Not a member?     Existing members login below:
Holidays Offer
 

The Guilty River

18. The Mistress Of Trimley Deen
Three weary months had passed, when a new idea was put into my head by an
Englishman whom I met at Trieste. He advised turning my back on Europe, and trying
the effect of scenes of life that would be new to me. I hired a vessel, and sailed out of the
civilized world. When I next stood on terra firma, my feet were on the lovely beach of
one of the Pacific Islands.
What I suffered I have not told yet, and do not design to tell. The bitterness of those days
hid itself from view at the time--and shall keep its concealment still. Even if I could dwell
on my sorrows with the eloquence of a practised writer, some obstinate inner reluctance
would persist in holding me dumb.
More than a year had passed before I returned to Trimley Deen, and alarmed my
stepmother by "looking like a foreign sailor."
The irregular nature of my later travels had made it impossible to forward the few letters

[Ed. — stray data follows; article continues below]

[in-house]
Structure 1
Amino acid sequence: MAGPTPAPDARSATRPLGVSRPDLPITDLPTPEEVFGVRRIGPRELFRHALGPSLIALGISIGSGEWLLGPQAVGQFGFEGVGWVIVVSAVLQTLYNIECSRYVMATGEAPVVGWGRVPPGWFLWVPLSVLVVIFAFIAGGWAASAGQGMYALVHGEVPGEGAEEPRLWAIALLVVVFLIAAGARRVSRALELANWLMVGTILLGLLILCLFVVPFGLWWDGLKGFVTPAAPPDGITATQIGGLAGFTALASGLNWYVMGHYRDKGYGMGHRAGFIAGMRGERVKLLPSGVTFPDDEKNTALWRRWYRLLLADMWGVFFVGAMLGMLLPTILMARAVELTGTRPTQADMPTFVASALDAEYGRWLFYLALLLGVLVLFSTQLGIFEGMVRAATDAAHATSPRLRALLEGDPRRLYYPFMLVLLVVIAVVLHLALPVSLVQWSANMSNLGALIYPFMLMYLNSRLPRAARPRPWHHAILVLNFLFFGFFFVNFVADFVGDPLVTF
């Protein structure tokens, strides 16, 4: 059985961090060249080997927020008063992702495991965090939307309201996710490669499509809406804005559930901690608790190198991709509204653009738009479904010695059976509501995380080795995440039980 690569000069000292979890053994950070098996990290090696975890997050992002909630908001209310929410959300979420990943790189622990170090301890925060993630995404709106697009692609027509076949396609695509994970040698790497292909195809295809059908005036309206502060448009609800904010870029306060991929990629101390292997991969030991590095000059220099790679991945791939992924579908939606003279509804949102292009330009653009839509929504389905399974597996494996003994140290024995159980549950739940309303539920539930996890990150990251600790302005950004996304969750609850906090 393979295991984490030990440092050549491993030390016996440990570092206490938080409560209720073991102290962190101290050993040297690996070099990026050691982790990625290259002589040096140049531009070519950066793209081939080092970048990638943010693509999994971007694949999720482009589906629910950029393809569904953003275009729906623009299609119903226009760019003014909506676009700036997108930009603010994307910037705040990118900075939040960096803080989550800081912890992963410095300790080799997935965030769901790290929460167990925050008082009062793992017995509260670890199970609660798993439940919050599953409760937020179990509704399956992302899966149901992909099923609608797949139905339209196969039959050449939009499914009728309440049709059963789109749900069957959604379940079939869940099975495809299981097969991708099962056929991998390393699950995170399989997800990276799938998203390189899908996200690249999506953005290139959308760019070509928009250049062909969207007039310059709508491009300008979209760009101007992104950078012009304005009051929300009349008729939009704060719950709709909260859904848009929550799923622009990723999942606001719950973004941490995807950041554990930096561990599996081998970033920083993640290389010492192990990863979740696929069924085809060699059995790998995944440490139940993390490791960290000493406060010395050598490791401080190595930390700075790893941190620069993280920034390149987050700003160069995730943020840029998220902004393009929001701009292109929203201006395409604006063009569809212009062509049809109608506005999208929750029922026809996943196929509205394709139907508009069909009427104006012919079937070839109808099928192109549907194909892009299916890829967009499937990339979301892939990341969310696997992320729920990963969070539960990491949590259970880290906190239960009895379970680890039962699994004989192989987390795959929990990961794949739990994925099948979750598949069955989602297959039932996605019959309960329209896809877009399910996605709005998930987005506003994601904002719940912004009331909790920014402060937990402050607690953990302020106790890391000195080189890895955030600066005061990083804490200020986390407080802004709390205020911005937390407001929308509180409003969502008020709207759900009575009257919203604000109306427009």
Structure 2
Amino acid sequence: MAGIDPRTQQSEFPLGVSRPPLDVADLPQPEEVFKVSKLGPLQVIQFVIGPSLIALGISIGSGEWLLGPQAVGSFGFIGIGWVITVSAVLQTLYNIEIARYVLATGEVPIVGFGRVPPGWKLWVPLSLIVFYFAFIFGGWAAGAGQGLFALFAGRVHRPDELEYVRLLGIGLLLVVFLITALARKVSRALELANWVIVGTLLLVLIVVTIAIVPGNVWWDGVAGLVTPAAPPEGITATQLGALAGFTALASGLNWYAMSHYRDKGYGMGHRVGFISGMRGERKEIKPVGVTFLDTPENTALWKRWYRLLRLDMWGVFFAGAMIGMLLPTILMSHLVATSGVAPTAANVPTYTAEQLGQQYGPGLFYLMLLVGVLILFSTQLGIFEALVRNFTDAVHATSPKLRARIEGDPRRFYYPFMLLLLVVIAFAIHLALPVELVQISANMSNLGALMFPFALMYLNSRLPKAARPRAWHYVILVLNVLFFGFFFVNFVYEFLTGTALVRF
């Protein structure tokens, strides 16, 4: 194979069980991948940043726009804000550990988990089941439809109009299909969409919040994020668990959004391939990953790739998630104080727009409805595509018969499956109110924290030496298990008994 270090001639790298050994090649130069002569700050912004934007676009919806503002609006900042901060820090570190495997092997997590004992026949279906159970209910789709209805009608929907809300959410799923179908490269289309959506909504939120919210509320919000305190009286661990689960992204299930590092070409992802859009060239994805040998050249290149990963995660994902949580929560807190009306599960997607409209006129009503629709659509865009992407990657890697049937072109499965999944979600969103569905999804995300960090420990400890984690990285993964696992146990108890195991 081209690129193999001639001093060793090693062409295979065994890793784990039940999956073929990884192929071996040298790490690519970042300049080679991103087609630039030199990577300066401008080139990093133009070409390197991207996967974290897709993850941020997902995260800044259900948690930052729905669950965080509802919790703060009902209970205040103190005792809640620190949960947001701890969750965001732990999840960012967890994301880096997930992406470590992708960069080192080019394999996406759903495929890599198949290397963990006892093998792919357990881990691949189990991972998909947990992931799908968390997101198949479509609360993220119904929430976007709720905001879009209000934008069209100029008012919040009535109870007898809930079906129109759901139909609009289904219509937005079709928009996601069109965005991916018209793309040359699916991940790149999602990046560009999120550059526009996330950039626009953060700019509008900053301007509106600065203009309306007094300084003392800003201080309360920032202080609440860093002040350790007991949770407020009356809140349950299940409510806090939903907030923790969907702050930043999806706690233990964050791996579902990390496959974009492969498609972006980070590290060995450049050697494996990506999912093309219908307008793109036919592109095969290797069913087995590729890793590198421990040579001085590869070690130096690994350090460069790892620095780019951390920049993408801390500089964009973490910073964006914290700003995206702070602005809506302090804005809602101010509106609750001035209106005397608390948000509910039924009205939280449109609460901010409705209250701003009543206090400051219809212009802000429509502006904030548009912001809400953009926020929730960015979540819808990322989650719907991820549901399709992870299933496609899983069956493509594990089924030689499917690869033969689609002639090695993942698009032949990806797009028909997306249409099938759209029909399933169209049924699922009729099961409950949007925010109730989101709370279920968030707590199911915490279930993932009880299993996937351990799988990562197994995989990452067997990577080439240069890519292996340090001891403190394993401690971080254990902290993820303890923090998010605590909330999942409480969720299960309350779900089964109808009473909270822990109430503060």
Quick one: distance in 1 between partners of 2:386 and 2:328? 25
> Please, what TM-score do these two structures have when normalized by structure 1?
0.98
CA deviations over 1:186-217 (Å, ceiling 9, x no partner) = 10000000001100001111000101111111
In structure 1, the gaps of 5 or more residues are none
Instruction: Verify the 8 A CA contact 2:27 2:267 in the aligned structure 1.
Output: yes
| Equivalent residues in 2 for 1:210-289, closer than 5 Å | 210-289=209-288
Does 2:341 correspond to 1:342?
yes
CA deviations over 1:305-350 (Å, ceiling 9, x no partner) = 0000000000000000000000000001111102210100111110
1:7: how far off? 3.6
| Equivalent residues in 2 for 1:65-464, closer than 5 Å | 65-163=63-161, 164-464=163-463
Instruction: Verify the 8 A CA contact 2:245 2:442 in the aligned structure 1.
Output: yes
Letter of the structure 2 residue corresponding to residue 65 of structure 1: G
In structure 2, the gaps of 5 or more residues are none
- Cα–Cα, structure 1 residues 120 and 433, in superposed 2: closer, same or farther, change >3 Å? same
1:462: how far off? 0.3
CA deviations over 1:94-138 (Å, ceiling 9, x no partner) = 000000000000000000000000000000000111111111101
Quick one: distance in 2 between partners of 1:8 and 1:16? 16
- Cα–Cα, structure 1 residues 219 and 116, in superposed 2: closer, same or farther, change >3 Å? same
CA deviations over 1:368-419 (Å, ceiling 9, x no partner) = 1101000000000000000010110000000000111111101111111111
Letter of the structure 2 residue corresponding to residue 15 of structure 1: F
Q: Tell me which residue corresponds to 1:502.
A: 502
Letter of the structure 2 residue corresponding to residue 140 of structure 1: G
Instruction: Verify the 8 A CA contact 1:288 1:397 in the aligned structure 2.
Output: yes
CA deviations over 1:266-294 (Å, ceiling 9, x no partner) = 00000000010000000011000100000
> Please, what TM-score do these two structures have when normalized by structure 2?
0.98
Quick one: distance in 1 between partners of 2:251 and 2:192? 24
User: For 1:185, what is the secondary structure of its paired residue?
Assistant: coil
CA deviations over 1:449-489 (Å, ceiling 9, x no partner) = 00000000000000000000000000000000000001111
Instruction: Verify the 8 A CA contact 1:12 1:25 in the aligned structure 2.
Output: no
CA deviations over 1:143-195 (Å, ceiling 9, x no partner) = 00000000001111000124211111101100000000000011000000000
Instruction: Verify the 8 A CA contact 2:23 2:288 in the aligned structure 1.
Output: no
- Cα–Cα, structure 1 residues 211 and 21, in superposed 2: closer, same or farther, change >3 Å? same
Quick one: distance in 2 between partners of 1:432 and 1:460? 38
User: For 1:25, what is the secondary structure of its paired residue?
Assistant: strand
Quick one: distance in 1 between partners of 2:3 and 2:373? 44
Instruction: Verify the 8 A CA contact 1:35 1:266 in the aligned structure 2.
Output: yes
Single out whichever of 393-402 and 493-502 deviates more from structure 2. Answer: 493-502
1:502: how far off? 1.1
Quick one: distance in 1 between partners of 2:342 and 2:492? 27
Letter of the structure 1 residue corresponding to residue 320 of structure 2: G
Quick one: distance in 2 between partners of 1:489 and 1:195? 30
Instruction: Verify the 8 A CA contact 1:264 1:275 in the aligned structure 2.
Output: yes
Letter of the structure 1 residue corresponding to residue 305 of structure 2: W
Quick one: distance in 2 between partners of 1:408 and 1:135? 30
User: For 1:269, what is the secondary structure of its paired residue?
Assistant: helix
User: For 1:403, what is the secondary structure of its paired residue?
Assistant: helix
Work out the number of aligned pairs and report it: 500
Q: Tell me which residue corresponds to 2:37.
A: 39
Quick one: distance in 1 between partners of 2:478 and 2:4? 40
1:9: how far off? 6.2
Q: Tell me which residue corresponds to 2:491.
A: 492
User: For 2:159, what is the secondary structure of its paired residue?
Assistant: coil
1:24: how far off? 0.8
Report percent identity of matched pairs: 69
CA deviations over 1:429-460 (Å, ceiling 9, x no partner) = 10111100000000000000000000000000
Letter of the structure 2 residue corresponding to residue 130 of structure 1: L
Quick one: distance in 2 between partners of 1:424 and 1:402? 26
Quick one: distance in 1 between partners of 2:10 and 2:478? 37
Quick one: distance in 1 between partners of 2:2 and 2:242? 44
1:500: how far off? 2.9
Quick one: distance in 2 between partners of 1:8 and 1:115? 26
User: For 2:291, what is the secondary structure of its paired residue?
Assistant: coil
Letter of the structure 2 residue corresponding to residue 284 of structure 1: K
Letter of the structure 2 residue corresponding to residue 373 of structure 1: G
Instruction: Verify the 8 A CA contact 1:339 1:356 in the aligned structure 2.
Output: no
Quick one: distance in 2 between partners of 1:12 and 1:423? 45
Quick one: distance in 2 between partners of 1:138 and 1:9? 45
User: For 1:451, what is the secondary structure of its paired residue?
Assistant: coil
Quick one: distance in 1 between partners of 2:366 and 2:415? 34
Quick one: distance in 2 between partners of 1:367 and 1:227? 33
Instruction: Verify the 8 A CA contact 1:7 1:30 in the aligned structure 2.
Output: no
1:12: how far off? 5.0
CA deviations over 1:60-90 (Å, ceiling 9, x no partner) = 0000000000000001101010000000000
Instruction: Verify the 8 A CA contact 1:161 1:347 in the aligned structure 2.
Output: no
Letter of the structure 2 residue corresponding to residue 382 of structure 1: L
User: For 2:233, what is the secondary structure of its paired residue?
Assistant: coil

that had arrived for me. They were neatly laid out on the library table.
The second letter that I took up bore the postmark of Genoa. I opened it, and discovered
that the--
No! I cannot write of him by that mean name; and his own name is still unknown to me.
Let me call him--and, oh, don't think that I am deceived again!--let me call him the
Penitent.
The letter had been addressed to me from his deathbed, and had been written under
dictation. It contained an extraordinary enclosure--a small torn fragment of paper with
writing on it.
"Read the poor morsel that I send to you first" (the letter began). "My time on earth is
short; you will save me explanations which may be too much for my strength."
On one side of the fragment, I found these words:
". . . cruise to the Mediterranean for my wife's health. If Cristel isn't afraid of passing
some months at sea. . ."
On the other side, there was a fragment of conclusion:
". . . thoroughly understand. All ready. Write word what night, and what ... loving
brother, Stephen Toller."
I instantly remembered the miller's rich brother; thinking of him for the first time since he
had been in my mind for a moment, on the night of my meeting with Cristel. On the
 
Remove